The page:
in a real democracy, who chooses the candidates? the people? the press? perhaps, the Supreme overlord of all justice and church?
Ohkay, perhaps that last image is a little too extreme. But sadly, it is not.
A country should not be able to claim democracy just because it has a “electoral process.” Especially if that electoral process oversees (and determines) the legitimacy of the public electorial vote of the country. Iran falls into many different categories. Democracy is one of those categories that is over and misused by many “experts” and “media sources” that cover the Middle East.
Iran’s nuclear program is latent. Nuclear warheads have only yet to be manifested on a grander scale. And President Ahmadinejad has made it clear Iran “will not budge from the path [they] are committed to” (1). Yet, can we even trust his word? First off, the people did not elect this president. The Supreme Leader did. How so?
The Electorate is elected by the people. The people vote for the president. The president is chosen by that same Electorate. However, the candidates for the Electorate are chosen and allowed to run by the Supreme Leader. Not only that, but the Supreme Leader of Iran has the final say on who is elected for President. (2)
So does it matter what President Ahmadinejad is able to say? Or rather, even if he truly believes this, is it possible that he may be usurped by this overarching power found in Iran? Absolutely.
There is no question that the President of Iran is a mere figurehead in global politics. Not only was his own election corrupt–as that same electorate went against the people’s majority vote–but also his foreign relations policy still directly shows the continuity of the Theological Backing that supersedes the true democracy of Iran.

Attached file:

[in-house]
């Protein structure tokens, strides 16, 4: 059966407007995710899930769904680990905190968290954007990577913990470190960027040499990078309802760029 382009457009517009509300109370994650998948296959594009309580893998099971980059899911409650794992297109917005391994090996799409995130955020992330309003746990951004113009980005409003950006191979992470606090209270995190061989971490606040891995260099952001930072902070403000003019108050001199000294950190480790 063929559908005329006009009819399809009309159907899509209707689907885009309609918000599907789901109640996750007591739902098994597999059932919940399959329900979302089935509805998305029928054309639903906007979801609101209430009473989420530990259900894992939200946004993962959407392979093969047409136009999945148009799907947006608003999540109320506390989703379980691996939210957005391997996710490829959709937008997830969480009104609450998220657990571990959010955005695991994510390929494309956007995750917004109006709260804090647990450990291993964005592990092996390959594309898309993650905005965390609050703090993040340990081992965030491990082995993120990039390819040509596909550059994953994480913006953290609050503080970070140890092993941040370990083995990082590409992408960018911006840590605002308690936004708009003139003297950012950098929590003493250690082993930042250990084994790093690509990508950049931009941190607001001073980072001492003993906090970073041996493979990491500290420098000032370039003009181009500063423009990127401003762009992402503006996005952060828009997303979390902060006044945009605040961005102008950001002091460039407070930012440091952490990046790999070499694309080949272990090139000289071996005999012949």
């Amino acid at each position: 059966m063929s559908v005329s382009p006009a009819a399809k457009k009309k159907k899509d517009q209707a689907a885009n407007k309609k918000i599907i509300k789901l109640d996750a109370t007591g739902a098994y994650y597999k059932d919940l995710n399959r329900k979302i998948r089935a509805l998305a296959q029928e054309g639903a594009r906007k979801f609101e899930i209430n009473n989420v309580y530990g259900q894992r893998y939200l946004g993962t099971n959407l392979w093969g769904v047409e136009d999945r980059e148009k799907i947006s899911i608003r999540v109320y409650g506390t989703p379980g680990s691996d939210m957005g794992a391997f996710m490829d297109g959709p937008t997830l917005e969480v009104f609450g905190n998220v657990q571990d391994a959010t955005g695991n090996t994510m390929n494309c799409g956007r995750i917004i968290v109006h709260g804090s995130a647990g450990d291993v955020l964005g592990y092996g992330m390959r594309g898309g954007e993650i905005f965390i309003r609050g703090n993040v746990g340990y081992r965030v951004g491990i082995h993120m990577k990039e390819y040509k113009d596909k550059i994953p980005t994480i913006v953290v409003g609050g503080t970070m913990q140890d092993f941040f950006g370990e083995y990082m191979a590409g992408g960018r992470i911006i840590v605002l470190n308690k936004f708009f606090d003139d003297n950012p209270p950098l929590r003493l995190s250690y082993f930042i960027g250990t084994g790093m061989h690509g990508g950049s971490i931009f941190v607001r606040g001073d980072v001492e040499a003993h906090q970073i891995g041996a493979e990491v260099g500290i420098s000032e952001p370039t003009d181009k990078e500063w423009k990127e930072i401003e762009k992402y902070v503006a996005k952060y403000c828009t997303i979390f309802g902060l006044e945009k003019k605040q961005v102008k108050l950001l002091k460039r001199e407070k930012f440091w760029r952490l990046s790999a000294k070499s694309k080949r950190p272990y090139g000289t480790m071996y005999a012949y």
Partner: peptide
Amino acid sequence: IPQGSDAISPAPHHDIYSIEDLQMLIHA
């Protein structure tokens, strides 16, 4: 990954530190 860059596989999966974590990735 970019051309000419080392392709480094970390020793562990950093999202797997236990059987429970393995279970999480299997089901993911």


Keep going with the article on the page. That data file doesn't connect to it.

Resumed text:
“No enemy of Iranian has ever tasted victory.” (1)
Yet, what do the Iranian people (not the government or the Supreme Leader) view as their enemy? And how? Iran is a growing nation in world politics. The tensions between America, Western Europe, and Iran have only furthered its dominance in global foreign policy. Nations such as Russia and China will refuse more economic sanctions (1) because they view Iran as another upcoming nation beaten down by the far-too-dominant West. Iran’s pursuit of nuclear represents another ally to the upcoming Eastern powers. Allies are allies are allies. The issue comes when one Ally sides directly against the other Ally.
AKA Russia’s support of Iran (in the past) and America’s support of Israel (in the past, present, and hopefully future) has pitted them against each other for decades now. Russia, who in its history, has had multiple territories taken from it. China, in its history, has also had many territories taken form it. As China’s global influences increase, Russia turns to its neighbor for alliance. Even though China and Russia are allied with the United States it is their foreign policy that determines whose global side they are on.
So as the economic sanctions are not going to backed by either one of them, we see Iran gain increasing footing the world. And with two the world’s most influential countries, why should Iran not go after Israel and blame America as having “invalid claims” (1)?
If we aren’t willing to trust the International Atomic Energy Agency at its reports, we shouldn’t be willing to trust Iran just yet. The Supreme Leader has ultimate authority, over the government and its armies. Russia and China’s backing of Iran hold power over it. Truth be told, Ahmadinejad should worry about his own “empty claims” (1). Because as I see, his statements hold little to no power over Iran, over foreign policy, and over his people.